Newsletter Spring 2015 Center for Philosophy For Children

Submitted by Kate Goldyn on

The Center's Philosophers in the Schools program is in the midst of another year of growth, with faculty, graduate students, undergraduates, and volunteers leading regular philosophy sessions in about 50 public elementary, middle and high school classrooms around Seattle this year, including several middle schools new for the Center. The Center's philosopher-in-residence program in the Seattle public schools, started last year and continuing this year at John Muir Elementary School, is made possible by a grant from the Squire Family Foundation. We are fortunate to have philosopher Karen Emmerman, who received her Ph.D. in philosophy from the UW in 2012 and has worked with the Center since 2010, as the John Muir philosopher-in-residence. We are hoping to expand this program to other schools in the next several years. We are also teaching weekly philosophy classes at the school at Seattle Children's Hospital, and this summer several people working with the Center will be involved in doing philosophy sessions at summer camps for young people.

The Center organized and ran the 2015 Washington State High School Ethics Bowl in January, sponsored by the UW Philosophy Department, Program on Values, College of Education, School of Law, and College of Arts & Sciences Social Sciences Division, as well as the Washington Interscholastic Activities Association. An Ethics Bowl is a collaborative yet competitive event, in which teams analyze a series of wide-ranging ethical dilemmas, deepening the awareness of high school students about interesting ethical, legal and philosophical issues. A longer description of this year's High School Ethics Bowl appears elsewhere in this newsletter.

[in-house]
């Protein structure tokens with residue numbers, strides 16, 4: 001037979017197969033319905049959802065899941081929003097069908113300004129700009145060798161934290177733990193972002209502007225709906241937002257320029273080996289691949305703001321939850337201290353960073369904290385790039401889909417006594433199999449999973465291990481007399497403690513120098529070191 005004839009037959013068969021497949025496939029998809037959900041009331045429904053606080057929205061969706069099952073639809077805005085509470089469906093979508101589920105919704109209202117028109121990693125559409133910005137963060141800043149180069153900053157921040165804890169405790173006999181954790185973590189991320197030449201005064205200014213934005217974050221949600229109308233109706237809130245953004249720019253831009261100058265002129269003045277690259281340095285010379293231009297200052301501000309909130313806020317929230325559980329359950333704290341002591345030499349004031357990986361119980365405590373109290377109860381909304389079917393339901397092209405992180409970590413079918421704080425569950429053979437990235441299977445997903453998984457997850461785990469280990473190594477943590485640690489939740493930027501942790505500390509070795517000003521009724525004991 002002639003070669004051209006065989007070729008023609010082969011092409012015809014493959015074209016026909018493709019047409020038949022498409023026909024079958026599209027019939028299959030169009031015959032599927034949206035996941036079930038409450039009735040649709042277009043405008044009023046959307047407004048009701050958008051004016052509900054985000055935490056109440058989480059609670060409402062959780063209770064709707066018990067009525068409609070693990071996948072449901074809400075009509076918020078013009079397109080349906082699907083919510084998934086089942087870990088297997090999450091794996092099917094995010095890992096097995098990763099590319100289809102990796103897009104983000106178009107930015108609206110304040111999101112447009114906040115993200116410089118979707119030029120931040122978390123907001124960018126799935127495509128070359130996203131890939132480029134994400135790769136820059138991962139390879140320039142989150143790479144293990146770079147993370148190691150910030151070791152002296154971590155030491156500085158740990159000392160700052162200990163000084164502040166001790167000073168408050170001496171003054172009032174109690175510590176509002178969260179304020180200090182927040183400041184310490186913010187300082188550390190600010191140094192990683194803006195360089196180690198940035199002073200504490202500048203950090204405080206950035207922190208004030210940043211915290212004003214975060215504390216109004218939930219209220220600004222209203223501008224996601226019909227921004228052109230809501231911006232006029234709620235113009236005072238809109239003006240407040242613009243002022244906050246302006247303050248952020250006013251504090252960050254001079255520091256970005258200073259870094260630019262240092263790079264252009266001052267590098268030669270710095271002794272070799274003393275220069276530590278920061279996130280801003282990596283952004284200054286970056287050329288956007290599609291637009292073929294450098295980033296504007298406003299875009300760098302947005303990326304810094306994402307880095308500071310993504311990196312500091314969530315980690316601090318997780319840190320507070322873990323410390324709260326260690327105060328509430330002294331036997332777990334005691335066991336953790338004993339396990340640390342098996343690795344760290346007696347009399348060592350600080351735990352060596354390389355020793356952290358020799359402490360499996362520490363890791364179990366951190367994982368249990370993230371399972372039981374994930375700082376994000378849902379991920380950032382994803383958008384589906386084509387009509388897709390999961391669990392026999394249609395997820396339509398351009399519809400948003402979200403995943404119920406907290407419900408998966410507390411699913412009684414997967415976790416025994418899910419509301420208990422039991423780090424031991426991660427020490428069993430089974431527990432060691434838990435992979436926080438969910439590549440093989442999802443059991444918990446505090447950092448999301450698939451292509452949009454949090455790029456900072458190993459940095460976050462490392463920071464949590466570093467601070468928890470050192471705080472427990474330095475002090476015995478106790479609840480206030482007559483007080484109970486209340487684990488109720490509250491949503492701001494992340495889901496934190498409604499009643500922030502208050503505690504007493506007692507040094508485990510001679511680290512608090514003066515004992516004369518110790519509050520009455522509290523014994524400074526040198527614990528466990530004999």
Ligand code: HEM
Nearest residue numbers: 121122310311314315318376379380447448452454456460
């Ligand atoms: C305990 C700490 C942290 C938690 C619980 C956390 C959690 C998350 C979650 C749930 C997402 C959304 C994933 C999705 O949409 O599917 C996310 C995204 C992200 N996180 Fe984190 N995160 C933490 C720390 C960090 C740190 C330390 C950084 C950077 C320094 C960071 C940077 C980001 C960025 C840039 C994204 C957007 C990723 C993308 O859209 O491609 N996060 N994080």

The Center just held a spring workshop for teachers in March, and more than 20 participants learned more about introducing philosophical inquiry to young people. We are also involved in programs for parents around the region.

The biennial PLATO (Philosophy Learning and Teaching Organization) Conference will take place at UW June 29 and 30, hosted by the Center. The conference theme is "Equity and Inquiry," and noted educator Jonathan Kozol will be the keynote speaker. Speakers from all over the country and around the world will present ideas for introducing philosophical inquiry into K-12 classrooms. The public is welcome to attend! Preregistration is required.

The Center's work is made possible by the donations of private donors, which have helped fund the growth of our Philosophers in the Schools program, three Philosophy for Children graduate fellowships, and our workshops for teachers.

We hope you will consider supporting our work. We really appreciate your gifts - thank you very much!